"Monks, I can imagine no one group of beings more variegated than that of common animals. Common animals are created by mind. And the mind is even more variegated than common animals. Thus one should reflect on one's mind with every moment: 'For a long time has this mind been defiled by passion, aversion, and delusion.' From the defilement of the mind are beings defiled. From the purification of the mind are beings purified.

"It's just as when -- there being dye, lac, yellow orpiment, indigo, or crimson -- a dyer or painter would paint the picture of a woman or a man, complete in all its parts, on a well-polished panel or wall, or on a piece of cloth; in the same way, an uninstructed, run-of-the-mill person, when creating, creates nothing but form... feeling... perception... fabrications... consciousness.

"Now what do you think, monks -- Is form constant or inconstant?" "Inconstant, lord." "And is that which is inconstant easeful or stressful?" "Stressful, lord." "And is it fitting to regard what is inconstant, stressful, subject to change as: 'This is mine. This is my self. This is what I am'?"

"No, lord."

"...Is feeling constant or inconstant?" "Inconstant, lord."...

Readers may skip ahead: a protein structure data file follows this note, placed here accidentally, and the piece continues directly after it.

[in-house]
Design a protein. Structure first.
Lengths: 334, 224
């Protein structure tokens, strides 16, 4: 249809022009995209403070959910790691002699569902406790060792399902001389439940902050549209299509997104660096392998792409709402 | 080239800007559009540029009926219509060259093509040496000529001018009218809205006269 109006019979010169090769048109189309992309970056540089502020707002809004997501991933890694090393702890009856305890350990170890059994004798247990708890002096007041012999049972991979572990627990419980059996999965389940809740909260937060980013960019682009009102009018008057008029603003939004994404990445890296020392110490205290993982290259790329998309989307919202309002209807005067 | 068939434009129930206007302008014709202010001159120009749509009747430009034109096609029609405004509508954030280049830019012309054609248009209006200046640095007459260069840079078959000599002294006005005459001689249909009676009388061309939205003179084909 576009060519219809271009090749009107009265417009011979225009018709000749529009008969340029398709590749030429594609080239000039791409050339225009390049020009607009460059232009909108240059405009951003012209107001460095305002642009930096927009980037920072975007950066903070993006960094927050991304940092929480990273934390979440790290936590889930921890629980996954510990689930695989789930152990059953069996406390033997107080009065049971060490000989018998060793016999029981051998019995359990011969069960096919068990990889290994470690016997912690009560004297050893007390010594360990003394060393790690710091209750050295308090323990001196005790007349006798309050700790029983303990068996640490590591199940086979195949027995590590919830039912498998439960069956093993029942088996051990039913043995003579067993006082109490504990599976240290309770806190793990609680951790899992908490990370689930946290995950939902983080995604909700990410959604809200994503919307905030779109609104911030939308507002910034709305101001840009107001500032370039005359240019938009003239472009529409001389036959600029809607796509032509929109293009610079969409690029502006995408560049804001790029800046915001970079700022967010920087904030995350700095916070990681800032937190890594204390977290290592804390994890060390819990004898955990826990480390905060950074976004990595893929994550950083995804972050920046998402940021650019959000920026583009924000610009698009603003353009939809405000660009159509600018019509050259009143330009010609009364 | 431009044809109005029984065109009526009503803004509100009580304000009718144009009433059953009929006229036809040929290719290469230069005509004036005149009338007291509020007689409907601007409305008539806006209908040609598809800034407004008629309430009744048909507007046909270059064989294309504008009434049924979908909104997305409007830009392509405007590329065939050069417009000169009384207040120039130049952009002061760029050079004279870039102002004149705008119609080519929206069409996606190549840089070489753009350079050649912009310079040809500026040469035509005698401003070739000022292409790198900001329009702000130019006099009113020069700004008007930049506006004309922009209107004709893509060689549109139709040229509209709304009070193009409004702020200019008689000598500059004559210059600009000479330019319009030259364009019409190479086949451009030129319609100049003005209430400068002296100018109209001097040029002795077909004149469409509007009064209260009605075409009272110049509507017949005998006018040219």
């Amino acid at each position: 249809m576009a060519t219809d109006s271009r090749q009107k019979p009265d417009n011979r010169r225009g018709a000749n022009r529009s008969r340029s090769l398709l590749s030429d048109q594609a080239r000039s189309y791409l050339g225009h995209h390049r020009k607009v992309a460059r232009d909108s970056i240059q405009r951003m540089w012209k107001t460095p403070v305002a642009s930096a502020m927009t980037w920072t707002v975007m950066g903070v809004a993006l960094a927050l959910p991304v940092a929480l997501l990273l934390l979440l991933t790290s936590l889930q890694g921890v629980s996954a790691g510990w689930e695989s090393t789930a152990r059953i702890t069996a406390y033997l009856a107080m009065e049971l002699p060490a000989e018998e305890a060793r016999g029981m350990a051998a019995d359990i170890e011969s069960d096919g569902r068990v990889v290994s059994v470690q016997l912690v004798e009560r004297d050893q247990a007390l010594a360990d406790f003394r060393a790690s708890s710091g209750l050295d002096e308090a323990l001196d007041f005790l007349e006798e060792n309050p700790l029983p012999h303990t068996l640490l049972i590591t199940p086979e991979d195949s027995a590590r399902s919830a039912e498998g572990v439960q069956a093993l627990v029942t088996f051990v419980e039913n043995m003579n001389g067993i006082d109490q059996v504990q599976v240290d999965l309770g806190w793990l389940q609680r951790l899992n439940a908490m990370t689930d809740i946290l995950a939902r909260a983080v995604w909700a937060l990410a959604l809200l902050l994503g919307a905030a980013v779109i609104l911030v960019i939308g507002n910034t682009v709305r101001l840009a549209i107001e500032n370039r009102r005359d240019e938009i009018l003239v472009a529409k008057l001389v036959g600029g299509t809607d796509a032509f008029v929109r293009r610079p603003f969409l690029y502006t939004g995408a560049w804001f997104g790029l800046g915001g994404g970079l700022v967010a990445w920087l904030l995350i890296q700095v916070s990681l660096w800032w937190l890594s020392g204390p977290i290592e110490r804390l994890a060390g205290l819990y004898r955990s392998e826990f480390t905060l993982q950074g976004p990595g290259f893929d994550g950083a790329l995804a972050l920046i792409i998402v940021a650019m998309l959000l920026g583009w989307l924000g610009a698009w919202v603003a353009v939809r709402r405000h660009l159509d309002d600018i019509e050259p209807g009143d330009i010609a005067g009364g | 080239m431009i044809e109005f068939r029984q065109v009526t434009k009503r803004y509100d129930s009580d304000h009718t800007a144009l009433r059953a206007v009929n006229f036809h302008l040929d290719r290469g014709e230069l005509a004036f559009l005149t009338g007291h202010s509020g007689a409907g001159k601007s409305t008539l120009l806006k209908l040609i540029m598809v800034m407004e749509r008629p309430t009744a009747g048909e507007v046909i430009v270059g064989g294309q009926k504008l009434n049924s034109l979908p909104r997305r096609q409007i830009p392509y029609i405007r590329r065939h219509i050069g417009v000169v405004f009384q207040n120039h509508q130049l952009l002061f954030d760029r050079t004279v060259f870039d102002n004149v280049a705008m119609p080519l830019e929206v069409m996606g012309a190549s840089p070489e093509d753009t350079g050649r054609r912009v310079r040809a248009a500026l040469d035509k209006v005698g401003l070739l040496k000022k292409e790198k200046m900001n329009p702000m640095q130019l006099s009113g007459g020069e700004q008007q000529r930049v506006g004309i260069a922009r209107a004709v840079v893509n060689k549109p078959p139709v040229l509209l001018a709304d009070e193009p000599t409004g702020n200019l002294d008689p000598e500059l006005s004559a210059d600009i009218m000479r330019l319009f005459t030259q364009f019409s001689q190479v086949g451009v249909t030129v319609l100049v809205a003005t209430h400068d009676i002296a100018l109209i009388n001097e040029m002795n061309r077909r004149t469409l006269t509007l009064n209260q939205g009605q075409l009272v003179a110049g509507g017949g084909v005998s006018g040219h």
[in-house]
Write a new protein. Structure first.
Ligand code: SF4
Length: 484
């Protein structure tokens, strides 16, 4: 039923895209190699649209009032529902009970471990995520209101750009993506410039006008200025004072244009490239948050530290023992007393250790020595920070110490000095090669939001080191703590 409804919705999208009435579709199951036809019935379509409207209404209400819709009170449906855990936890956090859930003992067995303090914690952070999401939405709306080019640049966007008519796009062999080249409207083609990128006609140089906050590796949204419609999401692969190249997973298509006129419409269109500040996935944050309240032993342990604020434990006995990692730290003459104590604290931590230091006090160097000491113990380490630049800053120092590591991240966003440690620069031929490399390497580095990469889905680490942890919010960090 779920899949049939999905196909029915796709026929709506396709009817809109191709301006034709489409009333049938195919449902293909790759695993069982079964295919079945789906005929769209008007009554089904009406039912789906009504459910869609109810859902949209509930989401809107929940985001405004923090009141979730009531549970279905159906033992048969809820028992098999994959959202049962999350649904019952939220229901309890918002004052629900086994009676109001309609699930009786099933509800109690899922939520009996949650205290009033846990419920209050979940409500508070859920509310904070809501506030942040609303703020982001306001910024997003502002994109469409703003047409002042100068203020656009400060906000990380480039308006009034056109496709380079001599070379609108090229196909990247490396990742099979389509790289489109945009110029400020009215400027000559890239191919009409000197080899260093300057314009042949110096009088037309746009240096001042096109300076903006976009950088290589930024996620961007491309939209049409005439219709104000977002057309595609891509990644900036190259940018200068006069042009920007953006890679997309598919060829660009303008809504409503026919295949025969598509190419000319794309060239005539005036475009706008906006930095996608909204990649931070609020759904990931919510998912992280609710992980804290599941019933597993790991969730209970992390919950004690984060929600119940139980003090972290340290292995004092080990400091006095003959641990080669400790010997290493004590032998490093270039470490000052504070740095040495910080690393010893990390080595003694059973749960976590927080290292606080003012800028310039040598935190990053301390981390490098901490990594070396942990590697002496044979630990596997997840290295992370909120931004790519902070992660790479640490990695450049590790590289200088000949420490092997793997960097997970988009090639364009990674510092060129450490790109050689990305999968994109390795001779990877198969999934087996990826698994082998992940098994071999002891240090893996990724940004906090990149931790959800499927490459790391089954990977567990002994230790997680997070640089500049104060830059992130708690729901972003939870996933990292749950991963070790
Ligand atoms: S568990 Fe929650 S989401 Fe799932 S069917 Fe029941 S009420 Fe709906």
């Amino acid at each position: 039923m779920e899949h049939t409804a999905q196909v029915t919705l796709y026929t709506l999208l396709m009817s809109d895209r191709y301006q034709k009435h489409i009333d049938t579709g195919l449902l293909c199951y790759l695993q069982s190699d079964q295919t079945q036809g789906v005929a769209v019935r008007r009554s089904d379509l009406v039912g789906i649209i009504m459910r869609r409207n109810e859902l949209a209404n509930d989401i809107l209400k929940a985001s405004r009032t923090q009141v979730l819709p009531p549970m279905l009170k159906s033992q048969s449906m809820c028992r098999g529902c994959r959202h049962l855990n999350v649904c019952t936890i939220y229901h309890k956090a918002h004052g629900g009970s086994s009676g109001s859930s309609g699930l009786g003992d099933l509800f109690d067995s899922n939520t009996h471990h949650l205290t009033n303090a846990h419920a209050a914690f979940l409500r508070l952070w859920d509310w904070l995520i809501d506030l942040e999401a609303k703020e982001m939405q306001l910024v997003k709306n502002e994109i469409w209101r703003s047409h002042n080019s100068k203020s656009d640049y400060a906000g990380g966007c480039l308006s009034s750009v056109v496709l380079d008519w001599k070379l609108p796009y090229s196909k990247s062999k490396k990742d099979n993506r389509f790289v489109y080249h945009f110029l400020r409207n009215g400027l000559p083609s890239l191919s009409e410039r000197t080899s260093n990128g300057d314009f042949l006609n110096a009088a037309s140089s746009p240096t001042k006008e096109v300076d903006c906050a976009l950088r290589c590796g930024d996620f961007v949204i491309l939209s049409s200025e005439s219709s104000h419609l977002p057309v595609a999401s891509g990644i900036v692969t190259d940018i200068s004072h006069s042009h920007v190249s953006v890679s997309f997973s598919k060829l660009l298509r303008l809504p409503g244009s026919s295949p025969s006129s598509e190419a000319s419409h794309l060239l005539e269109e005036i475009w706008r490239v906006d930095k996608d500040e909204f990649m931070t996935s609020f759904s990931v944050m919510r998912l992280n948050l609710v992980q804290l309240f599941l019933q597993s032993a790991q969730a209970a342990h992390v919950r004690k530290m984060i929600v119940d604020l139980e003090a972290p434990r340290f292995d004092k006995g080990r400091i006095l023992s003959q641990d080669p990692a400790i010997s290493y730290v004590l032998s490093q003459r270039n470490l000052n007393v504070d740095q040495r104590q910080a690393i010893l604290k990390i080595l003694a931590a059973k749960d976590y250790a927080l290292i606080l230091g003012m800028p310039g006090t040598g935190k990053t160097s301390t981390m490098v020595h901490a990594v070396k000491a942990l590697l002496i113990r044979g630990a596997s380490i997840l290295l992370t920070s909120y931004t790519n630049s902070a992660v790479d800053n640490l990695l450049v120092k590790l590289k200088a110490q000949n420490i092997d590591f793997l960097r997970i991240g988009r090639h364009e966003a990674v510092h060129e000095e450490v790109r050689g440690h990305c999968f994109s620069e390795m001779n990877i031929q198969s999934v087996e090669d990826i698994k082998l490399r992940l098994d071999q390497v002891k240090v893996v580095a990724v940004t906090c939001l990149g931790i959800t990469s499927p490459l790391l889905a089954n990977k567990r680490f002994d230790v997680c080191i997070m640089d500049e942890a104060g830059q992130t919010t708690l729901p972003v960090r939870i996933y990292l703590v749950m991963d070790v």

"...Is perception constant or inconstant?" "Inconstant, lord."...

"...Are fabrications constant or inconstant?" "Inconstant, lord."...

"What do you think, monks -- Is consciousness constant or inconstant?" "Inconstant, lord." "And is that which is inconstant easeful or stressful?" "Stressful, lord." "And is it fitting to regard what is inconstant, stressful, subject to change as: 'This is mine. This is my self. This is what I am'?"

"No, lord."

"Thus, monks, any body whatsoever that is past, future, or present; internal or external; blatant or subtle; common or sublime; far or near: every body is to be seen as it actually is with right discernment as: 'This is not mine. This is not my self. This is not what I am.'

"Any feeling whatsoever...

"Any perception whatsoever...

"Any fabrications whatsoever...

"Any consciousness whatsoever that is past, future, or present; internal or external; blatant or subtle; common or sublime; far or near: every consciousness is to be seen as it actually is with right discernment as: 'This is not mine. This is not my self. This is not what I am.'

"Seeing thus, the well-instructed disciple of the noble ones grows disenchanted with the body, disenchanted with feeling, disenchanted with perception, disenchanted with fabrications, disenchanted with consciousness. Disenchanted, he becomes dispassionate. Through dispassion, he is fully released. With full release, there is the knowledge, 'Fully released.' He discerns that 'Birth is depleted, the holy life fulfilled, the task done. There is nothing further for this world.'"